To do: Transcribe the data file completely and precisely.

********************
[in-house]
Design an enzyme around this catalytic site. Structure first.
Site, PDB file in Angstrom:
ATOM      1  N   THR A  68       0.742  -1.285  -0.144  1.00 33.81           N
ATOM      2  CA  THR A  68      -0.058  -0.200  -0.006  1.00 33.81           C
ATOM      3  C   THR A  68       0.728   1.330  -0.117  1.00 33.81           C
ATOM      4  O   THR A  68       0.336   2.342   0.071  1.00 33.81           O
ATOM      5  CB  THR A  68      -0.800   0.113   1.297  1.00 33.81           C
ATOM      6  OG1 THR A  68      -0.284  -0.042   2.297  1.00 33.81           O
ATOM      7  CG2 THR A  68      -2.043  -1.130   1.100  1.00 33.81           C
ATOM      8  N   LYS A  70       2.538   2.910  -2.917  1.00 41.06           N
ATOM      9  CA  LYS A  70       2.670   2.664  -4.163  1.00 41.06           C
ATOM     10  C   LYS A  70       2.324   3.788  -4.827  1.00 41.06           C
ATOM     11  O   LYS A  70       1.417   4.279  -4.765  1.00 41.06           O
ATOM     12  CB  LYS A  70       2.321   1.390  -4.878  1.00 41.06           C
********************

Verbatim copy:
[in-house]
Design an enzyme around this catalytic site. Structure first.
Site, PDB file in Angstrom:
ATOM      1  N   THR A  68       0.742  -1.285  -0.144  1.00 33.81           N
ATOM      2  CA  THR A  68      -0.058  -0.200  -0.006  1.00 33.81           C
ATOM      3  C   THR A  68       0.728   1.330  -0.117  1.00 33.81           C
ATOM      4  O   THR A  68       0.336   2.342   0.071  1.00 33.81           O
ATOM      5  CB  THR A  68      -0.800   0.113   1.297  1.00 33.81           C
ATOM      6  OG1 THR A  68      -0.284  -0.042   2.297  1.00 33.81           O
ATOM      7  CG2 THR A  68      -2.043  -1.130   1.100  1.00 33.81           C
ATOM      8  N   LYS A  70       2.538   2.910  -2.917  1.00 41.06           N
ATOM      9  CA  LYS A  70       2.670   2.664  -4.163  1.00 41.06           C
ATOM     10  C   LYS A  70       2.324   3.788  -4.827  1.00 41.06           C
ATOM     11  O   LYS A  70       1.417   4.279  -4.765  1.00 41.06           O
ATOM     12  CB  LYS A  70       2.321   1.390  -4.878  1.00 41.06           C